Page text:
Romney makes final case to New Hampshire

by Ester Cross | 11/5/12 11:00pm

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Kid Rock performed several songs at the event before former Gov. Mitt Romney took the stage to address the crowd of over 12,000.
by Maggie Rowland / The Dartmouth

Romney's speech stressed the different path his presidency would take from President Barack Obama's first term. Romney said he will work with members of both parties as he tackles the deficit, works toward energy independence and creates new policies to improve education and empower small businesses.

"Accomplishing real change is not something I talk about, it's what I've done, and it's something I am going to do when I am president of the United States," Romney said.

Romney and his wife Ann Romney shared an emotional moment during the rally when they were greeted on stage with a several minute ovation from the audience. Ann Romney addressed women directly, expressing her understanding of women's issues and urging women to vote

Romney criticized the president for promising change that he failed to deliver. Romney said that the president's failed policies include "raiding" Medicare to fund the Patient Protection and Affordable Care Act, failing to boost the nation's sluggish economy and dividing the country by failing to work with congressional Republicans.

"Talk is cheap, but a record is real," Romney said.

Romney reiterated his background of leading a successful business, fixing the 2002 Winter Olympics' financial problems and changing Massachusetts' budget deficit to a surplus as governor. He said this experience makes him better suited than Obama to address current economic and fiscal problems.

"Tomorrow we begin a new tomorrow," Romney said.

Prior to the start of the rally, supporters lined the block of the convention center and waited in line for nearly two hours before passing through security. Some Dartmouth students traveled to Manchester to support Romney and hear him speak on the eve of Election Day.

Chloe Ruiz-Funes '13, who attended the rally with other students from the College, said she was excited about the number of people in attendance and Kid Rock's concert that excited the crowd.

"I decided to travel to Manchester because I knew this was a unique opportunity being a senior in college in New Hampshire, a historical swing state," she said.

Ruiz-Funes said she met Romney during the Republican debates on campus last fall and has been a supporter ever since. She said she believes that the Romney-Ryan ticket has the willpower and experience to improve the economy.

"As a senior in college about to enter the workforce, I have a vested interest in the economic climate of our country, and I look forward to having a president who will take charge to make it better," she said.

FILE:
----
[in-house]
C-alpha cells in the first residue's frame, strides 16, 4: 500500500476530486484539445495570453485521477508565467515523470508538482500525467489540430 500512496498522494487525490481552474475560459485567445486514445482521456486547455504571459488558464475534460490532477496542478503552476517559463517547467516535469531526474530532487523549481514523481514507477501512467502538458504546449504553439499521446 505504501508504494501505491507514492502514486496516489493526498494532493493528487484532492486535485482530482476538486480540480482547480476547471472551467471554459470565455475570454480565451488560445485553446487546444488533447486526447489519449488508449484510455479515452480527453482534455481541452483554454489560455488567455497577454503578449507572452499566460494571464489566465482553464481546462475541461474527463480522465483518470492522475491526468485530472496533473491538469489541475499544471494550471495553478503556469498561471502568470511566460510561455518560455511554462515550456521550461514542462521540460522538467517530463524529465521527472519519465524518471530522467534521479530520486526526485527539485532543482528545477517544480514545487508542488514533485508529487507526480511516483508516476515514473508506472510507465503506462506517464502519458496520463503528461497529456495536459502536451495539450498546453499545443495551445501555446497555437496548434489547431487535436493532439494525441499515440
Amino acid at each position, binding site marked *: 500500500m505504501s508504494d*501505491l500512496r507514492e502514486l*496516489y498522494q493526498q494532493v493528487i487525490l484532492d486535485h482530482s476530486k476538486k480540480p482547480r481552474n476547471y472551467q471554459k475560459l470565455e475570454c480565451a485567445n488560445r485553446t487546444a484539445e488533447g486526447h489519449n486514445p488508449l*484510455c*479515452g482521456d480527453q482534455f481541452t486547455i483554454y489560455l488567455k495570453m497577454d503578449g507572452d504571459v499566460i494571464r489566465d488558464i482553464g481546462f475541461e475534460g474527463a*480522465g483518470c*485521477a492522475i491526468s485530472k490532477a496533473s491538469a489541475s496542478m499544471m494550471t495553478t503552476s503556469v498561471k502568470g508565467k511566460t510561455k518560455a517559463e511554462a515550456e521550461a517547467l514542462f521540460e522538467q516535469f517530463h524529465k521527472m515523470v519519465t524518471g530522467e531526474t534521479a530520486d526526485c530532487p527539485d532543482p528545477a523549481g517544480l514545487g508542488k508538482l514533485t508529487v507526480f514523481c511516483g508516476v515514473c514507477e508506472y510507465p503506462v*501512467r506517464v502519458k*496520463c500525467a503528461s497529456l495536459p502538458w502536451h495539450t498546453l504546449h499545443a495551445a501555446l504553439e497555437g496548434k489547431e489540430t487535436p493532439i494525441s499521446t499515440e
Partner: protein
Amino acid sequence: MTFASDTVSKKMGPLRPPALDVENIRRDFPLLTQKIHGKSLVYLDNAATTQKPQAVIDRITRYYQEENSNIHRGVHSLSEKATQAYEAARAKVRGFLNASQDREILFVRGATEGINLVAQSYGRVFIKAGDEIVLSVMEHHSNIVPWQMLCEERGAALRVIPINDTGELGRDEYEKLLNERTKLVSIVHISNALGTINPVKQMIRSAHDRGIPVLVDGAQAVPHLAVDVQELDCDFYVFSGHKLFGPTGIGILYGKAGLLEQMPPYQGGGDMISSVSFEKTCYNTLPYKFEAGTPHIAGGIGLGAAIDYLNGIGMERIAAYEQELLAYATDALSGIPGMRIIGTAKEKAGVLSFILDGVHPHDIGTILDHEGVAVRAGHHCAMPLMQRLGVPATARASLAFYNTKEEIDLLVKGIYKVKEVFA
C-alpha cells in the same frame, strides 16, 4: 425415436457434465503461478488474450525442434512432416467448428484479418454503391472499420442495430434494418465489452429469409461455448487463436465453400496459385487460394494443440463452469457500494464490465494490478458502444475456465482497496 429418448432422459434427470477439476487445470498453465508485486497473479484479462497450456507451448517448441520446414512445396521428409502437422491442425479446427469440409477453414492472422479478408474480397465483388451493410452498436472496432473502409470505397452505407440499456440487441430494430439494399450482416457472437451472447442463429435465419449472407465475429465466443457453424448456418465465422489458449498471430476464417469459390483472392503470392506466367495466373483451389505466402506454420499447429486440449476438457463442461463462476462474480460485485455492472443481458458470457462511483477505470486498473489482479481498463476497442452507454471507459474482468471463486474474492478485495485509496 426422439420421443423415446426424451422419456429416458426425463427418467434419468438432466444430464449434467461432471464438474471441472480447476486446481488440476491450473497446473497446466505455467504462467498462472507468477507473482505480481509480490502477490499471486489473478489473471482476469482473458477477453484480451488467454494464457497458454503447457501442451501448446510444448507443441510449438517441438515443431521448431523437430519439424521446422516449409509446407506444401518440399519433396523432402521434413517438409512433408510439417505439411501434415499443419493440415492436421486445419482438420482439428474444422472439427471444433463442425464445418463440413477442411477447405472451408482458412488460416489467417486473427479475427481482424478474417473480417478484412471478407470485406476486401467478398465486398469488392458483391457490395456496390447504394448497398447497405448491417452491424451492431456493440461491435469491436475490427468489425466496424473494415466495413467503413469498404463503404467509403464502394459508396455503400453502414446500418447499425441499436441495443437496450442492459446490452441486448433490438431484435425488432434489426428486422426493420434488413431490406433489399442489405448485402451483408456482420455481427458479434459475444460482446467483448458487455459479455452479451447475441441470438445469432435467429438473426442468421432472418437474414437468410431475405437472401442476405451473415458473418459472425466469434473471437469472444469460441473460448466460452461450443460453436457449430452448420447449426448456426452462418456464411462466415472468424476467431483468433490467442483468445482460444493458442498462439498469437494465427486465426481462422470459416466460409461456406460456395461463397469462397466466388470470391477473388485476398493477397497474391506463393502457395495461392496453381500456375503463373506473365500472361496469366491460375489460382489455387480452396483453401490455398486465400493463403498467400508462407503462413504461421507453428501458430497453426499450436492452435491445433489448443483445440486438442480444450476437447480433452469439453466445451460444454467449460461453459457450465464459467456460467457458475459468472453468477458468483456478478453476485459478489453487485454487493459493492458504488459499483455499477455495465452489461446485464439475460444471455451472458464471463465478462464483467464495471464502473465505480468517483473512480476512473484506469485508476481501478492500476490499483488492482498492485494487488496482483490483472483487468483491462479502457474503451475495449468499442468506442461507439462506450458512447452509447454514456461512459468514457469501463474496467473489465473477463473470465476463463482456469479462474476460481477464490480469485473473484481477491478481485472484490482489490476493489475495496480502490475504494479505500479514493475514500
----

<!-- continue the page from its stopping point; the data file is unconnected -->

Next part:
Lauren Salgueiro '15 also attended the rally and was struck by its energy and number of attendees.

"I have never experienced a political gathering so full of energy and pride not only were they proud to be Romney supporter,s but they were proud to be American," she said. "I was overwhelmed by the dedication of Romney fans while they waited for hours outside in the freezing cold. The only one complaining about the cold was me."

Salgueiro also said she believes that the Romney-Ryan ticket can best address the nation's economic issues.

"Economically speaking, America can't afford to allow a president without fiscal discipline to sit in office," she said.

Other Romney-Ryan supporters at the rally stressed the importance of jobs, the economy and social issues to the election.

Gregg Leblond, a sophomore at New Hampshire Technical Institute, said he is most concerned about the country's economic situation and the job prospects he will have to confront once he graduates.

"I think [Romney's] victory can create a lot of jobs and put the state and country back on track," he said.

Donna Rollins and Abbi Strong from Ramon, N.H., have been campaigning for Romney in their communities and through social media sites. Rollins criticized Obama for his reliance on rhetoric while failing to demonstrate tangible results.

"Obama has fragmented and divided the country," she said. "We need to bring the country back to the way it was."

Strong said the president has failed to produce the positive economic change necessary. She said Romney's business background will allow him to make the reforms necessary to produce economic growth.

Carl Cooper, a Manchester resident, said the Romney campaign has gained momentum throughout the country that will lead him to victory in New Hampshire and in the general election.

"Both Romney and [vice presidential nominee Rep. Paul] Ryan [R-Wis.] are in favor of protecting the interests of the individual starting from the unborn but also people who want to get a job, want to live their lives, want to plan for the future things that are threatened by big government and they want to restore the balance," Cooper said.

Notable New Hampshire Republicans including Sen. Kelly Ayotte, R-N.H., Rep. Charles Bass, R-N.H., and gubernatorial candidate Ovide Lamontaigne expressed their support for Romney and encouraged the state's citizens to vote for Republican candidates to ensure lasting change in the state.

Singer Kid Rock also held a performance at the rally, during which the audience took part in a continuous human wave that stretched around the arena.

The campaign's final event was held in the same city in which Romney began his presidential campaign in 2011.

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